Addendum #2: I have a bit of a blind spot when it comes to SOS1 constraints -- I usually only think of them in terms of binary variables, whereas they can in fact involve continuous variables. An alternative to the final $O\left(\left|\mathcal{V}\right|^2\right)$ set of constraints is simply to declare the $g$ variables to be a type 1 specially ordered set. Depending on the solver, that may implicitly create additional binary variables (which I was trying to avoid when I crafted the last set of constraints -- see J-F Puget's comment below and my response), or it may just alter the branching scheme of the solver. To exploit an SOS1 constraint, a solver typically needs "weights" for the variables, to guide its branching decisions. I'm not sure what useful weights for the $g$ variables would be, but my first guess would be to weight $g_v$ by the number of successor nodes to $v$ in my precedence order.

Addendum #3: The restriction to a single entering flow can be done in  $O\left(\left|\mathcal{V}\right|\right)$ rather than $O\left(\left|\mathcal{V}\right|^2\right)$ constraints as follows:$\sum_{w\in\mathcal{V}\,:\,w\succneqq v}g_w\le\left|\mathcal{V}\right|\left(1-x_v\right)\,\,\forall v\in\mathcal{V}.$Selecting any node $v$ precludes inbound flows at all successor nodes, so the only possible entry point is the first selected node. I think this formulation has a weaker relaxation than the first one I gave above, but it certainly has fewer constraints.

1. I had been thinking about this problem and converged on a model that is quite similar to yours except for the last part (the ordering).
Here it is.
Let's introduce one extra binary variable z_v per vertex v. z_v is 1 iff v is the vertex by which the flow enters the graph. Then constraints are
sum_v z_v = 1
z_v <= x_v
g_v <= |V| z_v
The number of additional variables and constraints is linear in the size for the problem. I don't know if my model would yield to better performance though.

1. J-F: You end up with fewer constraints than I do but additional binary variables (z_v). My first reaction was the same as yours -- binary variables to determine where the flow enters -- but my last set of constraints was a conscious attempt to avoid adding binary variables to the problem. I'm not sure which of our models has the tighter relaxation, nor which imposes more work per node in the search tree. I suspect that relative performance may hinge on whether you can sufficiently exploit the z variables being an SOS1 (meaning whether you can assign meaningful weights to them for branching purposes) and perhaps whether you can find good branching priorities for the x and z variables. Meanwhile, with my model, I would be tempted to add the last set of constraints as lazy constraints and see if that helped speed things up. I also just had another thought (motivated by your comment), which I'll add above as a second addendum.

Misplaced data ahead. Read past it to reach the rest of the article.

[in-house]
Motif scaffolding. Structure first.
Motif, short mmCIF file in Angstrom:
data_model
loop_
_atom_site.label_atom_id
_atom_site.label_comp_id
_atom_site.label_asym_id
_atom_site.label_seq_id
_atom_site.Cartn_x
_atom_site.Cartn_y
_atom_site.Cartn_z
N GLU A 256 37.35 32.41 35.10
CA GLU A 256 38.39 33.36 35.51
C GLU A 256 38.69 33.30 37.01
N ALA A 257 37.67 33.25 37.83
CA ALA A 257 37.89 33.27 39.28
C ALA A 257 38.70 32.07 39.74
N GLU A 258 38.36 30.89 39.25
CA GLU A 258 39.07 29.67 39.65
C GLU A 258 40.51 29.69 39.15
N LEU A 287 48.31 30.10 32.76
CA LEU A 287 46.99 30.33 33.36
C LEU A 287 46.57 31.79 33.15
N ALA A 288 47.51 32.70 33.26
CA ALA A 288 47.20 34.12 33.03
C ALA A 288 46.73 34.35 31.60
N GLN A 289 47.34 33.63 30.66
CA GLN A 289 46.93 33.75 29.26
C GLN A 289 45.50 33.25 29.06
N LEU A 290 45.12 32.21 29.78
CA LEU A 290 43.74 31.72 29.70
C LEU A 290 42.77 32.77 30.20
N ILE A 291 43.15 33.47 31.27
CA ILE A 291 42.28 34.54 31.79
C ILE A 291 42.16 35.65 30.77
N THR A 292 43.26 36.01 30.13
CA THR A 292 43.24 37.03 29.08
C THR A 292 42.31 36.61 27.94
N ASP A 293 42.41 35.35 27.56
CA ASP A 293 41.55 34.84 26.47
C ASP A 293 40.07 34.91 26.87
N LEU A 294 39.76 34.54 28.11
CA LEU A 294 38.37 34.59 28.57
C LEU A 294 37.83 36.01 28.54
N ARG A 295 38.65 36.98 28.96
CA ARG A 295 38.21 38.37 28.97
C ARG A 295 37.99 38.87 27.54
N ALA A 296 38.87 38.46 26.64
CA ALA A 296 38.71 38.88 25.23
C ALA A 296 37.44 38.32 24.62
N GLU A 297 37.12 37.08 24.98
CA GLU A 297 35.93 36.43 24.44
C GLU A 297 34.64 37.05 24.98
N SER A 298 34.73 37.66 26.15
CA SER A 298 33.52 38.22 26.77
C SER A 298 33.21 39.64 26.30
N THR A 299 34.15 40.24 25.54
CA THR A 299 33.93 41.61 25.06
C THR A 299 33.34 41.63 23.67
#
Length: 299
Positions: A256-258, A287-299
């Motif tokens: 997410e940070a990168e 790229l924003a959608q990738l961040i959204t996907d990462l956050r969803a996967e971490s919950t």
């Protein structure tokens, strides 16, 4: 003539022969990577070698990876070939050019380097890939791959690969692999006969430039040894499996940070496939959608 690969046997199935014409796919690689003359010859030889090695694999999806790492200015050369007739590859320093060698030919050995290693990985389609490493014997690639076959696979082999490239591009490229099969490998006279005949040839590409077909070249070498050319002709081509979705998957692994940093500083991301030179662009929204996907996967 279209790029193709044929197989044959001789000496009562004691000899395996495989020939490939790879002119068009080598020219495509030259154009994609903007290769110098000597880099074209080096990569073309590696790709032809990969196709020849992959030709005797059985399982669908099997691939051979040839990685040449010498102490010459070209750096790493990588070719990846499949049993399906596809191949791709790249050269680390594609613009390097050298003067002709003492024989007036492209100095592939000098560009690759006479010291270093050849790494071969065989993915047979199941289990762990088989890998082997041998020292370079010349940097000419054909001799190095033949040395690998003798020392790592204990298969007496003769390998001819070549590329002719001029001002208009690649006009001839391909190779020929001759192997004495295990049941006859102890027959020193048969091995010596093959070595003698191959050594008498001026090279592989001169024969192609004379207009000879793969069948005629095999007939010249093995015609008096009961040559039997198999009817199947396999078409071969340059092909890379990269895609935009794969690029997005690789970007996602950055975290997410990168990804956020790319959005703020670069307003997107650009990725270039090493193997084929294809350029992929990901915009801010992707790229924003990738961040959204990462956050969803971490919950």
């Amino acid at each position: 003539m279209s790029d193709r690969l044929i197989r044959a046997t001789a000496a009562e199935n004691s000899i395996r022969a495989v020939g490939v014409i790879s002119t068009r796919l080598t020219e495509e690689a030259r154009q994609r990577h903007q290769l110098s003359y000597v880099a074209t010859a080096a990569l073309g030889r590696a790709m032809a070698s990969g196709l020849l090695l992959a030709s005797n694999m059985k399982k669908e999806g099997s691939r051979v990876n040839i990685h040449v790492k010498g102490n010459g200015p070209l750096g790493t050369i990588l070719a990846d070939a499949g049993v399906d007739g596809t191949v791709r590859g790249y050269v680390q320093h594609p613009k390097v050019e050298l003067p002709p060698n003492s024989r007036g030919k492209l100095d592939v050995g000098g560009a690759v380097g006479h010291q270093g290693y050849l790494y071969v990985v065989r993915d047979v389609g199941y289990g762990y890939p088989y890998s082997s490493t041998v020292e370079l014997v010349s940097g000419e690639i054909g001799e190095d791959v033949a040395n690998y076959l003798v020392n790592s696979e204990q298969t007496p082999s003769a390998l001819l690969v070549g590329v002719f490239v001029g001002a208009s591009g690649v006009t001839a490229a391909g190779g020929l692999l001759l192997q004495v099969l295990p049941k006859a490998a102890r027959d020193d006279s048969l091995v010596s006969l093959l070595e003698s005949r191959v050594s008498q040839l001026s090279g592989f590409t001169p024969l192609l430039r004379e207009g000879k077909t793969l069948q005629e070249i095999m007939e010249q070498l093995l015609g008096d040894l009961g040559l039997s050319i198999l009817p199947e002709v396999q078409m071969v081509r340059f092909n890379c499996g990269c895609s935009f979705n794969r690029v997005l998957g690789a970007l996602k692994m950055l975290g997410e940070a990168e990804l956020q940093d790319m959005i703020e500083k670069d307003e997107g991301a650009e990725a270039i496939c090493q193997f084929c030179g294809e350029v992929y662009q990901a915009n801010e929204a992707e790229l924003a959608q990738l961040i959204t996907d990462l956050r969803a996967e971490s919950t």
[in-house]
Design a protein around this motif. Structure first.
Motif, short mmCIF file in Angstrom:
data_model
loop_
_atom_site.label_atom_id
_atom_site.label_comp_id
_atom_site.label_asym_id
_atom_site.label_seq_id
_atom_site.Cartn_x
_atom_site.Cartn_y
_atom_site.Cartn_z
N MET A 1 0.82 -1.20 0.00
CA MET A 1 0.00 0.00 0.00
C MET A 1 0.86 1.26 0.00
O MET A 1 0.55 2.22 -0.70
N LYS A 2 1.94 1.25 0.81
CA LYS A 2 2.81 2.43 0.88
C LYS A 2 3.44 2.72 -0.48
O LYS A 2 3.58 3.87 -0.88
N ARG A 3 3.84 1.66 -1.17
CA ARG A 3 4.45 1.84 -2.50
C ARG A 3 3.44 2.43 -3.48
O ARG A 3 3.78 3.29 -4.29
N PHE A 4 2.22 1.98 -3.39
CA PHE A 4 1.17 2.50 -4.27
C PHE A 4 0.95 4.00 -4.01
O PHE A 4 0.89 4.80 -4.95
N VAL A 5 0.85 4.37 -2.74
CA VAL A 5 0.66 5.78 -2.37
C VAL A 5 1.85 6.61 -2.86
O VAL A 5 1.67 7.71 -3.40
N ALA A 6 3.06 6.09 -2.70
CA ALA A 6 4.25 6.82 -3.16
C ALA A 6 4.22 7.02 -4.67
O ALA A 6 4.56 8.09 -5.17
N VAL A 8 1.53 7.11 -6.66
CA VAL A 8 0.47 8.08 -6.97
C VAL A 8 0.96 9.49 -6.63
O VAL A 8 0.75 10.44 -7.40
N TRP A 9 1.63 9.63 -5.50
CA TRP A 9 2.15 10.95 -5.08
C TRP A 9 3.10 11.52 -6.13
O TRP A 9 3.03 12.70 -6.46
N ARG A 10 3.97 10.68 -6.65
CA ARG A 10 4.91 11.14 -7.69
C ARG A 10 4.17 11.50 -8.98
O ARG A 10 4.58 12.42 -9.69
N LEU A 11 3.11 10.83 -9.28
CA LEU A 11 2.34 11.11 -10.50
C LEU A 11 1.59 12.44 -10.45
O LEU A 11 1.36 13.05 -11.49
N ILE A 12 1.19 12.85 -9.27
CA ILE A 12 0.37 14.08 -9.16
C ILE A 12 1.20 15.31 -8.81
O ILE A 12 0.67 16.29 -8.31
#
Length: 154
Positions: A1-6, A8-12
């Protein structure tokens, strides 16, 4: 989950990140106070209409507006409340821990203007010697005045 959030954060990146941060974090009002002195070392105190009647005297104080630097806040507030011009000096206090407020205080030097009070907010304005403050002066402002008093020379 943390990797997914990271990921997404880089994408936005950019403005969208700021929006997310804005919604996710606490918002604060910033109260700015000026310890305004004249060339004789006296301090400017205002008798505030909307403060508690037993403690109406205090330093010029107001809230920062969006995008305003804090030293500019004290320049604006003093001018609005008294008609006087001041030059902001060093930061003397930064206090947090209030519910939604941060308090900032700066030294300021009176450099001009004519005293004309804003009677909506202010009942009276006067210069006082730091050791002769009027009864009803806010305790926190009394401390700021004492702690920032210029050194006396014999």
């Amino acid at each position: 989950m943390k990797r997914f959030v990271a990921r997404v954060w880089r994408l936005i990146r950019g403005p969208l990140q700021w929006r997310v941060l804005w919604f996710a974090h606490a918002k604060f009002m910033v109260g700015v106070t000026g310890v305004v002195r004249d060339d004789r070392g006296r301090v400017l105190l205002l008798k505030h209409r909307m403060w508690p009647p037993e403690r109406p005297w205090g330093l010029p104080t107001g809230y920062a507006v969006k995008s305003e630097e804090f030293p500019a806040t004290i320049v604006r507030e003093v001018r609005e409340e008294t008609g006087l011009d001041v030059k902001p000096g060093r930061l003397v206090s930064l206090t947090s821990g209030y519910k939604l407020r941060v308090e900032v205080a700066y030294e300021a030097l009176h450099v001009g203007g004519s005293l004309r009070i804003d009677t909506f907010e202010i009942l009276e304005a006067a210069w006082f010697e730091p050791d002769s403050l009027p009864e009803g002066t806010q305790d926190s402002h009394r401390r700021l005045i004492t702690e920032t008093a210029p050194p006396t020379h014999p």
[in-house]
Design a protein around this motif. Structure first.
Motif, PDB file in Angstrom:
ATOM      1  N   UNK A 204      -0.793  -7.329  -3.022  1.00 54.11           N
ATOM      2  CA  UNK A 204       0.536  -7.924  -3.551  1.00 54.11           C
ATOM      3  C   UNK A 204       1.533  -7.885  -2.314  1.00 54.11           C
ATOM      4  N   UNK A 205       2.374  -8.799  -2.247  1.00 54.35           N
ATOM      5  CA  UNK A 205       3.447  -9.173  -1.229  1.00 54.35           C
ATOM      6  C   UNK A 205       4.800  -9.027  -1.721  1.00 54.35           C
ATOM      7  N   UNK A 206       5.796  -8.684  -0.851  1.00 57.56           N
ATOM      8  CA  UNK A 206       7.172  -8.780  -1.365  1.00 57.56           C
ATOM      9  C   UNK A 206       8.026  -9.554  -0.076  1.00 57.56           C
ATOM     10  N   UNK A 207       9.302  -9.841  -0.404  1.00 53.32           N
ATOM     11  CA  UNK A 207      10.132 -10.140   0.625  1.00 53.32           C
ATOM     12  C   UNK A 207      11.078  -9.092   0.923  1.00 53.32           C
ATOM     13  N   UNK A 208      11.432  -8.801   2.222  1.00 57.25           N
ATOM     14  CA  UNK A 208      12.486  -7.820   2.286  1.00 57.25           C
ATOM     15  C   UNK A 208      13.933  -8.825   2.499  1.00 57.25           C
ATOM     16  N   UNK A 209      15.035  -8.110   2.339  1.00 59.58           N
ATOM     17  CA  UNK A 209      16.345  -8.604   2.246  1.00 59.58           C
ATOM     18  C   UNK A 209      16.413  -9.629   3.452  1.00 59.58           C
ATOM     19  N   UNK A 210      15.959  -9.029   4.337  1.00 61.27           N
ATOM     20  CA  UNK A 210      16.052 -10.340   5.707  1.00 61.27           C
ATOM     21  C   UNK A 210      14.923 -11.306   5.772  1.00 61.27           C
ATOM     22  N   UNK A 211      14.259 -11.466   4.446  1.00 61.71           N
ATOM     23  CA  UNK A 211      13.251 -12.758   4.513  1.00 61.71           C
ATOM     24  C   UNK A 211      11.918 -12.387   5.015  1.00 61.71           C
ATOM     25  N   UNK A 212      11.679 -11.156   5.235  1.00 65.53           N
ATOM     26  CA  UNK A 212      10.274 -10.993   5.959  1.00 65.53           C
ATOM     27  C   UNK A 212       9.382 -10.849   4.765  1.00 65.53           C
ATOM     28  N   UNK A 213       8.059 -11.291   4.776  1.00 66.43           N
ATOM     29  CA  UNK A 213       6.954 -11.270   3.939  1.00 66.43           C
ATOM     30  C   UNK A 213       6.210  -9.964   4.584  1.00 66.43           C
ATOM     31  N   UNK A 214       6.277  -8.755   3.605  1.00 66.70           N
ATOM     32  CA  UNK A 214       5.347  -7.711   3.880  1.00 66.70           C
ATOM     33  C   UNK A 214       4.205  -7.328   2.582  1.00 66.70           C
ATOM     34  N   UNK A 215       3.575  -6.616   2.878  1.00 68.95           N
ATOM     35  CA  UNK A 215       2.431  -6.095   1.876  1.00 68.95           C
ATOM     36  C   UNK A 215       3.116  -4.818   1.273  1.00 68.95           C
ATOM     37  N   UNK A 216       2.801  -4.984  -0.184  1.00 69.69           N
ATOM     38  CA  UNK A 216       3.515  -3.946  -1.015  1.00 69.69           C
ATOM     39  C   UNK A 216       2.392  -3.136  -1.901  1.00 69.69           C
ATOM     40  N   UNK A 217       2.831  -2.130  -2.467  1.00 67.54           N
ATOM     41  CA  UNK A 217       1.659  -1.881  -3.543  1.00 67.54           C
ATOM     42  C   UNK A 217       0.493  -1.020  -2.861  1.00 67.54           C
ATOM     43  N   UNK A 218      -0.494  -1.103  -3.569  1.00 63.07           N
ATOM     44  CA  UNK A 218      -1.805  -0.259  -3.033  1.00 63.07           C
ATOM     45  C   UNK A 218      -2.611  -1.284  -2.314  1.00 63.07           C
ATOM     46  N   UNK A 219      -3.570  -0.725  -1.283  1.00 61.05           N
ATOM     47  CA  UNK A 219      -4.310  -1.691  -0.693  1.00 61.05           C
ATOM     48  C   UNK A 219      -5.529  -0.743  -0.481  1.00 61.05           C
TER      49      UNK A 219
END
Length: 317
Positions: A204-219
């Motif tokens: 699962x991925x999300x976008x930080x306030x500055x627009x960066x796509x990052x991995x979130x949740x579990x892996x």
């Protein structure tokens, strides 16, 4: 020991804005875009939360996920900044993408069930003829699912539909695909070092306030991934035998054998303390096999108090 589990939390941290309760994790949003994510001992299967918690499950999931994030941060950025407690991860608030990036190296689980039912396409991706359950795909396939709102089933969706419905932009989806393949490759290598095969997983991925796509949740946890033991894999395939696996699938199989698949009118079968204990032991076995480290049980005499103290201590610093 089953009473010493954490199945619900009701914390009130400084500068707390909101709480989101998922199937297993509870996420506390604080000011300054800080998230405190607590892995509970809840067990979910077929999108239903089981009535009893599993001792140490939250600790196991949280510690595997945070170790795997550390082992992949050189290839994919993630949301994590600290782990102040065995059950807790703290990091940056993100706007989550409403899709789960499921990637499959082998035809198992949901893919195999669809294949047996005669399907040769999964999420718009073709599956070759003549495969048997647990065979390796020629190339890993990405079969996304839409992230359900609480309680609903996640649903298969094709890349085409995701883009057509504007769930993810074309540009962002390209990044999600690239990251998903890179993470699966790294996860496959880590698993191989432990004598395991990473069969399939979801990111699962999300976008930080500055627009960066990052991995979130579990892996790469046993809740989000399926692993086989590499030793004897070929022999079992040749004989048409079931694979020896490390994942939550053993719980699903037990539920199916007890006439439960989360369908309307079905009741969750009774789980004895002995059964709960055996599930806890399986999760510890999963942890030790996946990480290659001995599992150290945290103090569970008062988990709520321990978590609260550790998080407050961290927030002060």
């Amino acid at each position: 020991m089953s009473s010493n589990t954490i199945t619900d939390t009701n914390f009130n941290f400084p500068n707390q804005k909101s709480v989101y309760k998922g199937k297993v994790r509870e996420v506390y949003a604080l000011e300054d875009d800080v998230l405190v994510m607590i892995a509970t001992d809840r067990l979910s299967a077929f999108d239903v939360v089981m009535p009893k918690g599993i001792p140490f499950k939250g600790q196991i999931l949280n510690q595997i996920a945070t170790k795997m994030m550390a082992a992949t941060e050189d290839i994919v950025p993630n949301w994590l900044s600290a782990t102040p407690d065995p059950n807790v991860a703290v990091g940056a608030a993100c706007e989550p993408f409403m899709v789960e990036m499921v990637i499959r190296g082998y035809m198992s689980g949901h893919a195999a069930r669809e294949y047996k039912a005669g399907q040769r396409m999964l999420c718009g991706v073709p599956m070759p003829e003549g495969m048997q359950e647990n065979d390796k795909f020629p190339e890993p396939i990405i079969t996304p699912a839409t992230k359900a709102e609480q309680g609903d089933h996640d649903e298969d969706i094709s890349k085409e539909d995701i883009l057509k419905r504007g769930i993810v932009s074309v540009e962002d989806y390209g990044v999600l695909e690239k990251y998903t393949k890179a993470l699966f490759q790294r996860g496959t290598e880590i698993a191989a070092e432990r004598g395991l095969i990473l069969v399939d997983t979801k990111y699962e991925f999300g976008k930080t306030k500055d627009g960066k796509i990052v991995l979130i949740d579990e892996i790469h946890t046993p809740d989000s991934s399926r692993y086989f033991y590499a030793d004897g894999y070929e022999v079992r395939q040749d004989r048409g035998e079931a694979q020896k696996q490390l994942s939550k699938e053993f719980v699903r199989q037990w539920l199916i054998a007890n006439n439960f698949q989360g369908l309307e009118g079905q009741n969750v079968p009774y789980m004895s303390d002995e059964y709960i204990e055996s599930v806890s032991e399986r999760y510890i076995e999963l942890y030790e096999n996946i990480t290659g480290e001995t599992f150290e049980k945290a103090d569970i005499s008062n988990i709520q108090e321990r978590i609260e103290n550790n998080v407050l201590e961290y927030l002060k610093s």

2. Your comment made me think as well. My model suffers from symmetry: for a given connected graph any node could be the supply node. We can enforce that the supply node is the first node of the graph as follows
z_v + sum_{w<v} x_v <= 1

1. Good point about symmetry ... and fiddling a bit with your new formulation led me to addendum #3 above (order 1 increase in constraints but no extra binary variables). This exchange is starting to remind me of a tatonement process (cobweb model?) in economics. The question is, is it convergent? :-)

2. You could also have used this one
g_v <= |V| (1 - sum_{w<v} x_w)

I have the feeling that it is as tight as your original constraints

I'm not helping converge, do I?

3. I believe this one makes the model infeasible: if you select vertices 1 and 2 (x_1 = x_2 = 1), then the constraint forces g_3 <= -|V|.

3. You are right, I was thinking of my own model. It is time to say we converged!

1. I can accept that. :-)

If this is your first time commenting on the blog, please read the Ground Rules for Comments. In particular, if you want to ask an operations research-related question not relevant to this post, consider asking it on OR-Exchange.